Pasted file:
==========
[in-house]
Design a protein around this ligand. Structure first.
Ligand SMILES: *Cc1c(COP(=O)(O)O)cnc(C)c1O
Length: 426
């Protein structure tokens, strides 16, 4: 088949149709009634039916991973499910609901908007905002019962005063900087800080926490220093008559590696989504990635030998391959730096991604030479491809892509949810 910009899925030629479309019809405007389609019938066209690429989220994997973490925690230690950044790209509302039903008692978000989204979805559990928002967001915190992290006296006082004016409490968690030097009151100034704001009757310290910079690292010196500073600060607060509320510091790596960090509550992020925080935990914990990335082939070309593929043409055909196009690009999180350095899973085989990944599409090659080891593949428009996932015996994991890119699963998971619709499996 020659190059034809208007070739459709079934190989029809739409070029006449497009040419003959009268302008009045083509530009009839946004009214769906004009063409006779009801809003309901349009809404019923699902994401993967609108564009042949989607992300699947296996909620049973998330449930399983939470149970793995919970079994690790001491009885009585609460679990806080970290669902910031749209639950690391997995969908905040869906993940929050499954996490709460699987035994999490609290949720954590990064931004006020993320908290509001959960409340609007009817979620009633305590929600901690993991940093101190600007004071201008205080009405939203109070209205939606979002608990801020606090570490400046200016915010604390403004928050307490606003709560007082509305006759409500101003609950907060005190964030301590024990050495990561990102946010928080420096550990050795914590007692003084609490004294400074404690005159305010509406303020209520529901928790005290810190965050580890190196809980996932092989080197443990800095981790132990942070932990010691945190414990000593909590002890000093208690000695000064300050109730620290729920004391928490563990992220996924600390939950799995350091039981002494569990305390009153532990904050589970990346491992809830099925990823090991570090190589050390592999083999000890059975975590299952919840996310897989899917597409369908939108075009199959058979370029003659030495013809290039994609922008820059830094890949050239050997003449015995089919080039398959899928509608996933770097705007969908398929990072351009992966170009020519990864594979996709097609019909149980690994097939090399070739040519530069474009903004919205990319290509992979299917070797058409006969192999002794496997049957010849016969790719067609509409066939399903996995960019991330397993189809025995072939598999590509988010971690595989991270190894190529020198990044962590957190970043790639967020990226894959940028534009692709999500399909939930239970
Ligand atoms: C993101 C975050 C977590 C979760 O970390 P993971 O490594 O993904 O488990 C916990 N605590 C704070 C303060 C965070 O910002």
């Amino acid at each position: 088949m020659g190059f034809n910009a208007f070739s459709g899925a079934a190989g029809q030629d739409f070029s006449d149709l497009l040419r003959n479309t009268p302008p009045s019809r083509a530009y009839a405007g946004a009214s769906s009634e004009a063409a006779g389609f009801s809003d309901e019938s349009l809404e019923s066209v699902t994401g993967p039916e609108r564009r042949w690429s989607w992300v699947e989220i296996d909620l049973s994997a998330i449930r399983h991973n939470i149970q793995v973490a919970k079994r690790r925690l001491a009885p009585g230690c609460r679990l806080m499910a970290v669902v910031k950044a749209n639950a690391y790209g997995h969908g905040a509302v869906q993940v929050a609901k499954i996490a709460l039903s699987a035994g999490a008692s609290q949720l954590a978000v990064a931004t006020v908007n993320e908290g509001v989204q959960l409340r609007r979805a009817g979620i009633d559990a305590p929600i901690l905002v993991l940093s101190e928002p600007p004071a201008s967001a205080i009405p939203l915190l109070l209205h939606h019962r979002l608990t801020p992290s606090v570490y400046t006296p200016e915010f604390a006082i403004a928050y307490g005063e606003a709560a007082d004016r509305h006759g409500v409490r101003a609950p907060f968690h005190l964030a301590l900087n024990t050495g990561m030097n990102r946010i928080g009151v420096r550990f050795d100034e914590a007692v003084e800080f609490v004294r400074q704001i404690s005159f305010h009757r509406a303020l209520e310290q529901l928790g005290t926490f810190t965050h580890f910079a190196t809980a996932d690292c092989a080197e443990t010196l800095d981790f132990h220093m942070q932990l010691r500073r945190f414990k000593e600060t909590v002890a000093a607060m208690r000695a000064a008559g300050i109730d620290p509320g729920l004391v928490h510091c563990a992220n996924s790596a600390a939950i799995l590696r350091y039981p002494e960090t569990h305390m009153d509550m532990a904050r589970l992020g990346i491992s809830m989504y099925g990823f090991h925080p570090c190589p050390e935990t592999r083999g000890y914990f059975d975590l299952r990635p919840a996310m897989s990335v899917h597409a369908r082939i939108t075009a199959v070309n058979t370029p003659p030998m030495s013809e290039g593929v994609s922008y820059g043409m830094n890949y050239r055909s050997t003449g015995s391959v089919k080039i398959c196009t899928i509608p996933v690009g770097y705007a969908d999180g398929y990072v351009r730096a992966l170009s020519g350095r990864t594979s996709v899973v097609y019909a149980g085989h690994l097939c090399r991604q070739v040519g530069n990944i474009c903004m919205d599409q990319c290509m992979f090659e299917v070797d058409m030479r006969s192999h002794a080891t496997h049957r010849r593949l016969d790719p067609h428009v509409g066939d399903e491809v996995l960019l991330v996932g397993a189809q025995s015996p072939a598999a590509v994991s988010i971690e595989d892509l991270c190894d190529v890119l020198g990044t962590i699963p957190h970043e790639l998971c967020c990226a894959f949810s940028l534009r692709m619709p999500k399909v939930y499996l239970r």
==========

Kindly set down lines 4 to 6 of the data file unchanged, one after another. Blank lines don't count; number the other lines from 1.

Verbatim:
Length: 426
């Protein structure tokens, strides 16, 4: 088949149709009634039916991973499910609901908007905002019962005063900087800080926490220093008559590696989504990635030998391959730096991604030479491809892509949810 910009899925030629479309019809405007389609019938066209690429989220994997973490925690230690950044790209509302039903008692978000989204979805559990928002967001915190992290006296006082004016409490968690030097009151100034704001009757310290910079690292010196500073600060607060509320510091790596960090509550992020925080935990914990990335082939070309593929043409055909196009690009999180350095899973085989990944599409090659080891593949428009996932015996994991890119699963998971619709499996 020659190059034809208007070739459709079934190989029809739409070029006449497009040419003959009268302008009045083509530009009839946004009214769906004009063409006779009801809003309901349009809404019923699902994401993967609108564009042949989607992300699947296996909620049973998330449930399983939470149970793995919970079994690790001491009885009585609460679990806080970290669902910031749209639950690391997995969908905040869906993940929050499954996490709460699987035994999490609290949720954590990064931004006020993320908290509001959960409340609007009817979620009633305590929600901690993991940093101190600007004071201008205080009405939203109070209205939606979002608990801020606090570490400046200016915010604390403004928050307490606003709560007082509305006759409500101003609950907060005190964030301590024990050495990561990102946010928080420096550990050795914590007692003084609490004294400074404690005159305010509406303020209520529901928790005290810190965050580890190196809980996932092989080197443990800095981790132990942070932990010691945190414990000593909590002890000093208690000695000064300050109730620290729920004391928490563990992220996924600390939950799995350091039981002494569990305390009153532990904050589970990346491992809830099925990823090991570090190589050390592999083999000890059975975590299952919840996310897989899917597409369908939108075009199959058979370029003659030495013809290039994609922008820059830094890949050239050997003449015995089919080039398959899928509608996933770097705007969908398929990072351009992966170009020519990864594979996709097609019909149980690994097939090399070739040519530069474009903004919205990319290509992979299917070797058409006969192999002794496997049957010849016969790719067609509409066939399903996995960019991330397993189809025995072939598999590509988010971690595989991270190894190529020198990044962590957190970043790639967020990226894959940028534009692709999500399909939930239970
Ligand atoms: C993101 C975050 C977590 C979760 O970390 P993971 O490594 O993904 O488990 C916990 N605590 C704070 C303060 C965070 O910002």